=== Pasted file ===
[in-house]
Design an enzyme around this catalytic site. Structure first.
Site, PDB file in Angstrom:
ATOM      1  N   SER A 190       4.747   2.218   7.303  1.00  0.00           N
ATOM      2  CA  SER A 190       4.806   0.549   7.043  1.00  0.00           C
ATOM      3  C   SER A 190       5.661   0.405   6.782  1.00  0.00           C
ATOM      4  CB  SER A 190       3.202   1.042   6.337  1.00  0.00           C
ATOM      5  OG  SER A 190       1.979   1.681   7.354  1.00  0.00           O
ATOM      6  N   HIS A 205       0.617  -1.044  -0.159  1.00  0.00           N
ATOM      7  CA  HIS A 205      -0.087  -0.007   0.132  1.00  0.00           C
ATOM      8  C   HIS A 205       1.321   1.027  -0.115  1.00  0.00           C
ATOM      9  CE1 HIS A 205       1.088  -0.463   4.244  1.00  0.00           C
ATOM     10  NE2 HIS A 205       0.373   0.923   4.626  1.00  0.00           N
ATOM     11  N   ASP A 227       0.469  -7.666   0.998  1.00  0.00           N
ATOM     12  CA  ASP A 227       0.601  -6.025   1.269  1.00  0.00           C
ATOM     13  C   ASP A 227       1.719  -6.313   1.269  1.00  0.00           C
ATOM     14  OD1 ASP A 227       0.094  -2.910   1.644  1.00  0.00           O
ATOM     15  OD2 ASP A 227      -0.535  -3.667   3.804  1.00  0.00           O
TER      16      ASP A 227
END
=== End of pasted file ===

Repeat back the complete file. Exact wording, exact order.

[in-house]
Design an enzyme around this catalytic site. Structure first.
Site, PDB file in Angstrom:
ATOM      1  N   SER A 190       4.747   2.218   7.303  1.00  0.00           N
ATOM      2  CA  SER A 190       4.806   0.549   7.043  1.00  0.00           C
ATOM      3  C   SER A 190       5.661   0.405   6.782  1.00  0.00           C
ATOM      4  CB  SER A 190       3.202   1.042   6.337  1.00  0.00           C
ATOM      5  OG  SER A 190       1.979   1.681   7.354  1.00  0.00           O
ATOM      6  N   HIS A 205       0.617  -1.044  -0.159  1.00  0.00           N
ATOM      7  CA  HIS A 205      -0.087  -0.007   0.132  1.00  0.00           C
ATOM      8  C   HIS A 205       1.321   1.027  -0.115  1.00  0.00           C
ATOM      9  CE1 HIS A 205       1.088  -0.463   4.244  1.00  0.00           C
ATOM     10  NE2 HIS A 205       0.373   0.923   4.626  1.00  0.00           N
ATOM     11  N   ASP A 227       0.469  -7.666   0.998  1.00  0.00           N
ATOM     12  CA  ASP A 227       0.601  -6.025   1.269  1.00  0.00           C
ATOM     13  C   ASP A 227       1.719  -6.313   1.269  1.00  0.00           C
ATOM     14  OD1 ASP A 227       0.094  -2.910   1.644  1.00  0.00           O
ATOM     15  OD2 ASP A 227      -0.535  -3.667   3.804  1.00  0.00           O
TER      16      ASP A 227
END